Tuesday, November 24, 2015

Game Planning with Bruce Arians and Carson Palmer

MMQB (Sports Illustrated)
"A Quarterback and His Game Plan, Part I: Five Days to Learn 171 Plays"
"Part II: Virtual Reality Meets Reality"
by Peter King

"The game plan is a collaborative affair, and Arians runs it the way most head coaches have done it for years. In the mid-’80s, Giants coach Bill Parcells used to tell defensive coordinator Bill Belichick at midday Tuesday to throw this out or that out, or that he was making it too complicated, or that he loved what Belichick had, and Belichick would finalize his plan after that talk. Arians does it much the same way—except that after offensive coordinator Harold Goodwin (run game) and assistant head coach Tom Moore (pass game) come to him with their concepts for the week, after some long hours Monday with their staff, Arians formats the offensive practices each day. Then, by the weekend, Arians sees what he likes from his own ideas and from how plays looked in practice. He picks the first 15 run plays. The first 15 passes get done differently in Arizona than in most places. Palmer picks them. After Arians IDs the passes he wants in the overall game plan, Palmer walks up to the whiteboard on Friday and puts a star next to the 15 he wants to run first; they become the first 15 passes. Palmer circles four of the 15, and those four become the passes he wants to call first in the game. Most coaches over time have adhered to the Bill Walsh philosophy of picking the first 15 offensive plays of the game. Arians picks 30, half run and half pass."

"Arians picks out six Home Runs per week. This week, one of the Home Runs stands out above all: Pistol Strong Right Stack Act 6 Y Cross Divide. “I love the play this week,” Arians says.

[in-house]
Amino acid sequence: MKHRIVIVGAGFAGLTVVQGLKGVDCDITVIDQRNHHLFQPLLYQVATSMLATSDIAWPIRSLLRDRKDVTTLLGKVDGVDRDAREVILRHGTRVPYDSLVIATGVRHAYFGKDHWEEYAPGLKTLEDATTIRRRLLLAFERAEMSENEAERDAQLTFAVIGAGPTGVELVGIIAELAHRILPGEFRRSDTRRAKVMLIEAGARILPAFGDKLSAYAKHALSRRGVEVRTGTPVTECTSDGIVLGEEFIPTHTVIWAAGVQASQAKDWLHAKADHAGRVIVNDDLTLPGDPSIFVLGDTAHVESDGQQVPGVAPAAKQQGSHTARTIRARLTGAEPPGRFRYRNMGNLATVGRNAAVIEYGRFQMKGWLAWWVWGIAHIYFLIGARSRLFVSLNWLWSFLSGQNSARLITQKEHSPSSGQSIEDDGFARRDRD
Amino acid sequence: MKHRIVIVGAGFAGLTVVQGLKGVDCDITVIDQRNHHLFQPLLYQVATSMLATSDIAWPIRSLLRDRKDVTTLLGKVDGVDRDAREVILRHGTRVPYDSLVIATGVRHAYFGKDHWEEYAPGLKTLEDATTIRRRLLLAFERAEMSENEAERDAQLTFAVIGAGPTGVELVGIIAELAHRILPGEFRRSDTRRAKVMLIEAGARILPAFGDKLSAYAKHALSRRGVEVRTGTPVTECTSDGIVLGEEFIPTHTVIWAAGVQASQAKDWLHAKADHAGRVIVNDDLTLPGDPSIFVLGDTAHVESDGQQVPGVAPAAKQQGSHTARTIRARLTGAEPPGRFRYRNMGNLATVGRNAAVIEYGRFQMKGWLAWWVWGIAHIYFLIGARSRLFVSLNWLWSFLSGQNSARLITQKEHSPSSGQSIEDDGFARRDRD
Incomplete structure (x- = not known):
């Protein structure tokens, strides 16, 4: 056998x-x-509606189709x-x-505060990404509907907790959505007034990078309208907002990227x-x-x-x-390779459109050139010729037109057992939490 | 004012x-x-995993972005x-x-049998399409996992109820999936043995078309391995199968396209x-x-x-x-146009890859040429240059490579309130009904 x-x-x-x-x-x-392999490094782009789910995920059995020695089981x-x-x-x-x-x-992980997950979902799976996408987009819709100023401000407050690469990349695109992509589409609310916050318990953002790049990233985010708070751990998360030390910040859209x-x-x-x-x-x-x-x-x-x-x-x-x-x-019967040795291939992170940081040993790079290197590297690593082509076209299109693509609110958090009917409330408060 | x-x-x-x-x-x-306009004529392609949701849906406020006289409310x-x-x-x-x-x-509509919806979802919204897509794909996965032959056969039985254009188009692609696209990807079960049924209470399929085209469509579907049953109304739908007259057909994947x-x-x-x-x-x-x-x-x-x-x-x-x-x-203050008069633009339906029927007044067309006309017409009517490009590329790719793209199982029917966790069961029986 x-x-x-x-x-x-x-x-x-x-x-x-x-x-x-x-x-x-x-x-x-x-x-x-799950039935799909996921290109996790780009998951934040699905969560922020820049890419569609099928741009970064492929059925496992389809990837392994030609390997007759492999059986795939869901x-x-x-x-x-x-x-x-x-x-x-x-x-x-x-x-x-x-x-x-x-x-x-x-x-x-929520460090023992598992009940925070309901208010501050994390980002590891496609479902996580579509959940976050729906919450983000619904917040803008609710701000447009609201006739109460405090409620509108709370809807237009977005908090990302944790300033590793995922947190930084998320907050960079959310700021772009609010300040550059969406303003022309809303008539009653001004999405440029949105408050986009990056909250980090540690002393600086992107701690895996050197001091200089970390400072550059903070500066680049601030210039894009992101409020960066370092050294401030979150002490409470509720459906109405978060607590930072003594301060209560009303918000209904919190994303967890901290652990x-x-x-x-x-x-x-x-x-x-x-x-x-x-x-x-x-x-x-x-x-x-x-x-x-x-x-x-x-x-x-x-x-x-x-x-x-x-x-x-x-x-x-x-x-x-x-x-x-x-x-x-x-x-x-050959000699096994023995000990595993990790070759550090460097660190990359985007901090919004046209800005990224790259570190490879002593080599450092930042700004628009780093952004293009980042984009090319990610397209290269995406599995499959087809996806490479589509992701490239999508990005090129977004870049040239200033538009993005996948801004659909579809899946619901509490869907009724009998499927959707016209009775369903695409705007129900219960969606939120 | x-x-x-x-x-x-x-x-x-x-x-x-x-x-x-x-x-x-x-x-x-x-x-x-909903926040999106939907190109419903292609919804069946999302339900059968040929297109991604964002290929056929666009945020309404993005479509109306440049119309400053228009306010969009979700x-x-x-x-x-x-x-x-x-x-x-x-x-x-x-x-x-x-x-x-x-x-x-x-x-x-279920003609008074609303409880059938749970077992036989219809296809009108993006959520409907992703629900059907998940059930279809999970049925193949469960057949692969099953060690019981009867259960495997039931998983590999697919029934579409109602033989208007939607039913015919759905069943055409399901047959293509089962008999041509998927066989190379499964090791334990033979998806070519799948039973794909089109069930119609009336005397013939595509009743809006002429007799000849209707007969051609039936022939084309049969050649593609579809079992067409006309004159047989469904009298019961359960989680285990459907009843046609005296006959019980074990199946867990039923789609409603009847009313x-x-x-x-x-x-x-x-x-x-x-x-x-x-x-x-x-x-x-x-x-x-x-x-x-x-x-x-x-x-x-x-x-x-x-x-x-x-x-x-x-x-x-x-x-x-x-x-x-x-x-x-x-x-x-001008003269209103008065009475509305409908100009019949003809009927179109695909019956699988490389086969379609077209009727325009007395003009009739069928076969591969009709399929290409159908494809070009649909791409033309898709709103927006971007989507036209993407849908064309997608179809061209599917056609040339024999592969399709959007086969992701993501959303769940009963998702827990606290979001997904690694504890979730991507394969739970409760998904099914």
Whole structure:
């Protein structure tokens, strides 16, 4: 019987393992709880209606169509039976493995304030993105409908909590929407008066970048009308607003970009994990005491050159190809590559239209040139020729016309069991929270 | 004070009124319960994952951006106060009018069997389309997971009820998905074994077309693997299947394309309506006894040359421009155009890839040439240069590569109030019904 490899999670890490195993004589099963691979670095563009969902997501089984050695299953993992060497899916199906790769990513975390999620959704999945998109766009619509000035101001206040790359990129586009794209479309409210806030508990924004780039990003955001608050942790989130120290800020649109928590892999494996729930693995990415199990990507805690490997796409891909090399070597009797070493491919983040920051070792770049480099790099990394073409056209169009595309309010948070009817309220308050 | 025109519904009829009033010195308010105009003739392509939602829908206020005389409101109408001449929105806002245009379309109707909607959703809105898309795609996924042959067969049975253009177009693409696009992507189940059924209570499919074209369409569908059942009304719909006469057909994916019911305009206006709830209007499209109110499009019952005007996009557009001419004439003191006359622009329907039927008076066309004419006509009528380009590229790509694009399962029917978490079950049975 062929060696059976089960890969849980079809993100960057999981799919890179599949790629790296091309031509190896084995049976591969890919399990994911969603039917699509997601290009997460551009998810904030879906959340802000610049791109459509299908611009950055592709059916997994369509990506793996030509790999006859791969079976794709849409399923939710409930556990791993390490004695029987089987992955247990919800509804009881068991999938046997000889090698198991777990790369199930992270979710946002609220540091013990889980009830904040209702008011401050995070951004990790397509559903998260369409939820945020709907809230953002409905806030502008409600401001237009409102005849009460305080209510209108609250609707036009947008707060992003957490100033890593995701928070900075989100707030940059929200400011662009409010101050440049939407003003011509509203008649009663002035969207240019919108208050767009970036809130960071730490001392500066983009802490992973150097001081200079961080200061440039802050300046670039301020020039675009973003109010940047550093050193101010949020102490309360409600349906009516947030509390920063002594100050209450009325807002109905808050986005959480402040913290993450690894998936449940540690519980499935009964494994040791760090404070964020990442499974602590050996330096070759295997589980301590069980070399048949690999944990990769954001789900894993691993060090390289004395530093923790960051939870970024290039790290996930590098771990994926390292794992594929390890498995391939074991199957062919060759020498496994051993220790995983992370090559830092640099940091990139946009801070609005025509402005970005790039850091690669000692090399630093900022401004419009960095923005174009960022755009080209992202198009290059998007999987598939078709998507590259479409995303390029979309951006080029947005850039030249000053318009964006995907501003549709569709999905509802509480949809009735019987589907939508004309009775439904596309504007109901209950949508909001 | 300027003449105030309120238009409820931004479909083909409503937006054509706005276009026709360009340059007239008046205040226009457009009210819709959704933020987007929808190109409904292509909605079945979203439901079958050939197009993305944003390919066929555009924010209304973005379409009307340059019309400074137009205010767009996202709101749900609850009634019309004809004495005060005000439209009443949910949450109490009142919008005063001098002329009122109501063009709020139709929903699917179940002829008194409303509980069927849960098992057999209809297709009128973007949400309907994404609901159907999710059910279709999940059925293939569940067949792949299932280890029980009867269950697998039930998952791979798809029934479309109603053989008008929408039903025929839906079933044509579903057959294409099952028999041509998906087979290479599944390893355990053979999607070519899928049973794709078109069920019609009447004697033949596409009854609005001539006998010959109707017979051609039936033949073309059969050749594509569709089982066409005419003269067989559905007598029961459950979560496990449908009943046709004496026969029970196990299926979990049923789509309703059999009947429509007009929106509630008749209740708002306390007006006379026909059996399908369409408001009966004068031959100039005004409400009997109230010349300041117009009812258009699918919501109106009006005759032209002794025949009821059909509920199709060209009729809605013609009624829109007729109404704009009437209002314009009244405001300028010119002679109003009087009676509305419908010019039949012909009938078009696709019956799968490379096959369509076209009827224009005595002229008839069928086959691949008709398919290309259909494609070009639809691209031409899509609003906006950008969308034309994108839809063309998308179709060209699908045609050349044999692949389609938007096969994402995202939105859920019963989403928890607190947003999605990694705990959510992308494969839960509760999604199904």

Pistol means Palmer will take the snap four yards behind center. It’s a short shotgun snap. Strong tells the fullback (backup center A.Q. Shipley, in this case) to line up to the tight-end side of the formation. Right is the side the tight end will line up on, assuming the ball is spotted in the middle of the field or the right hash. Stack tells the two wide receivers on the play to line up in a stack to the opposite side of the formation from the tight end. Act 6 is the protection, telling the two backs which linebacker to block if the ’backers rush; the fullback will seal the tight-end side, while the running back will take the blitzer from the middle or weak side, if there is one. Y Cross Divide comprises the two routes run by the wide receivers. The Y, or slot receiver, will run a deep cross through the formation and hope to take a safety with him, while the split end in the stack will run a divide route; that means the split end, likely Larry Fitzgerald, will run a stutter-and-go, running maybe seven yards downfield, faking toward the sideline, then sprinting downfield. The route is divided into two segments, the first ending in the deke to the right, and then the go."

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